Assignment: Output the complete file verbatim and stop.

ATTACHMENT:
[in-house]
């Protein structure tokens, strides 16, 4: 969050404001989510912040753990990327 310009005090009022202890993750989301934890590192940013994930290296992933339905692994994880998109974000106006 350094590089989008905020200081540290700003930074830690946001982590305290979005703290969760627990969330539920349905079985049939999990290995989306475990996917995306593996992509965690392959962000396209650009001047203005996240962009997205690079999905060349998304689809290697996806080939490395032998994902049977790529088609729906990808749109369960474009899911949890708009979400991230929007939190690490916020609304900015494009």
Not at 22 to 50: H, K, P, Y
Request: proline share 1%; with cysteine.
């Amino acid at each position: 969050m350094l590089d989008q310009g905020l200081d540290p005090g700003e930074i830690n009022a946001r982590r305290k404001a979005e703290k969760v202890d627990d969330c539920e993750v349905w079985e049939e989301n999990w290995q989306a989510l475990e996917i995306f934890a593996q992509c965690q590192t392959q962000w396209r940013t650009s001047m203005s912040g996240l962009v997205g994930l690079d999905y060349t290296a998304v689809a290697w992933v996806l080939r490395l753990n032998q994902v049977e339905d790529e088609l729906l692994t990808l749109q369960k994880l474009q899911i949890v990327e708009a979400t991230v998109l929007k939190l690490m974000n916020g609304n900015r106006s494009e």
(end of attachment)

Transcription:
[in-house]
């Protein structure tokens, strides 16, 4: 969050404001989510912040753990990327 310009005090009022202890993750989301934890590192940013994930290296992933339905692994994880998109974000106006 350094590089989008905020200081540290700003930074830690946001982590305290979005703290969760627990969330539920349905079985049939999990290995989306475990996917995306593996992509965690392959962000396209650009001047203005996240962009997205690079999905060349998304689809290697996806080939490395032998994902049977790529088609729906990808749109369960474009899911949890708009979400991230929007939190690490916020609304900015494009």
Not at 22 to 50: H, K, P, Y
Request: proline share 1%; with cysteine.
């Amino acid at each position: 969050m350094l590089d989008q310009g905020l200081d540290p005090g700003e930074i830690n009022a946001r982590r305290k404001a979005e703290k969760v202890d627990d969330c539920e993750v349905w079985e049939e989301n999990w290995q989306a989510l475990e996917i995306f934890a593996q992509c965690q590192t392959q962000w396209r940013t650009s001047m203005s912040g996240l962009v997205g994930l690079d999905y060349t290296a998304v689809a290697w992933v996806l080939r490395l753990n032998q994902v049977e339905d790529e088609l729906l692994t990808l749109q369960k994880l474009q899911i949890v990327e708009a979400t991230v998109l929007k939190l690490m974000n916020g609304n900015r106006s494009e």